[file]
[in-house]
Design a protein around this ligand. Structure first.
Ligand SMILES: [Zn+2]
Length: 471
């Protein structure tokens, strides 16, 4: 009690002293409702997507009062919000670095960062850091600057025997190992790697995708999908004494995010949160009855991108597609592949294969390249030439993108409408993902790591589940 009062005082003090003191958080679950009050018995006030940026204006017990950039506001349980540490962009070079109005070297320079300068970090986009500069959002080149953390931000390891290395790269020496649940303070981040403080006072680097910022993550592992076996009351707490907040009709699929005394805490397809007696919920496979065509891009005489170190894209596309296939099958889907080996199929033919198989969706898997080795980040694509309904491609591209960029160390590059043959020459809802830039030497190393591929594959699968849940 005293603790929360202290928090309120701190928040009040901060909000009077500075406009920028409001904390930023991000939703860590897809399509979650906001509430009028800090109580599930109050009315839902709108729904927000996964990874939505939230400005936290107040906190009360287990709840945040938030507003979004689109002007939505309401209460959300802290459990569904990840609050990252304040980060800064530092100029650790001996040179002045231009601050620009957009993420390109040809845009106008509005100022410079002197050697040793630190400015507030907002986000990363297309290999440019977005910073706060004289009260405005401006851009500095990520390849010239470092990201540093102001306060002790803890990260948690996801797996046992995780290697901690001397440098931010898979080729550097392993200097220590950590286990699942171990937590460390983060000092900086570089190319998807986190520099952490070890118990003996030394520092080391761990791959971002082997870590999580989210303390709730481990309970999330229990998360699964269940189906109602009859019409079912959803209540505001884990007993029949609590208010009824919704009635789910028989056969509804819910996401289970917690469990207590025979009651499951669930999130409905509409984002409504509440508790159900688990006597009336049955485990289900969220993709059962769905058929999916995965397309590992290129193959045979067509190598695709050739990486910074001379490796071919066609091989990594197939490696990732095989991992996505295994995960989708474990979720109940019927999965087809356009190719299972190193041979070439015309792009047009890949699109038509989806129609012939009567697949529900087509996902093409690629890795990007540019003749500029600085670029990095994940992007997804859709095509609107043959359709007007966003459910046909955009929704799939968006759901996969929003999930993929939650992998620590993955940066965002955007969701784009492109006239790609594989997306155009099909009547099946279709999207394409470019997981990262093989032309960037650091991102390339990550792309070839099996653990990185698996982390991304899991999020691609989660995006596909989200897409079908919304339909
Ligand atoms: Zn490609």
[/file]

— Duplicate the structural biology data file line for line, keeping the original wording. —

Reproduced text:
[in-house]
Design a protein around this ligand. Structure first.
Ligand SMILES: [Zn+2]
Length: 471
């Protein structure tokens, strides 16, 4: 009690002293409702997507009062919000670095960062850091600057025997190992790697995708999908004494995010949160009855991108597609592949294969390249030439993108409408993902790591589940 009062005082003090003191958080679950009050018995006030940026204006017990950039506001349980540490962009070079109005070297320079300068970090986009500069959002080149953390931000390891290395790269020496649940303070981040403080006072680097910022993550592992076996009351707490907040009709699929005394805490397809007696919920496979065509891009005489170190894209596309296939099958889907080996199929033919198989969706898997080795980040694509309904491609591209960029160390590059043959020459809802830039030497190393591929594959699968849940 005293603790929360202290928090309120701190928040009040901060909000009077500075406009920028409001904390930023991000939703860590897809399509979650906001509430009028800090109580599930109050009315839902709108729904927000996964990874939505939230400005936290107040906190009360287990709840945040938030507003979004689109002007939505309401209460959300802290459990569904990840609050990252304040980060800064530092100029650790001996040179002045231009601050620009957009993420390109040809845009106008509005100022410079002197050697040793630190400015507030907002986000990363297309290999440019977005910073706060004289009260405005401006851009500095990520390849010239470092990201540093102001306060002790803890990260948690996801797996046992995780290697901690001397440098931010898979080729550097392993200097220590950590286990699942171990937590460390983060000092900086570089190319998807986190520099952490070890118990003996030394520092080391761990791959971002082997870590999580989210303390709730481990309970999330229990998360699964269940189906109602009859019409079912959803209540505001884990007993029949609590208010009824919704009635789910028989056969509804819910996401289970917690469990207590025979009651499951669930999130409905509409984002409504509440508790159900688990006597009336049955485990289900969220993709059962769905058929999916995965397309590992290129193959045979067509190598695709050739990486910074001379490796071919066609091989990594197939490696990732095989991992996505295994995960989708474990979720109940019927999965087809356009190719299972190193041979070439015309792009047009890949699109038509989806129609012939009567697949529900087509996902093409690629890795990007540019003749500029600085670029990095994940992007997804859709095509609107043959359709007007966003459910046909955009929704799939968006759901996969929003999930993929939650992998620590993955940066965002955007969701784009492109006239790609594989997306155009099909009547099946279709999207394409470019997981990262093989032309960037650091991102390339990550792309070839099996653990990185698996982390991304899991999020691609989660995006596909989200897409079908919304339909
Ligand atoms: Zn490609």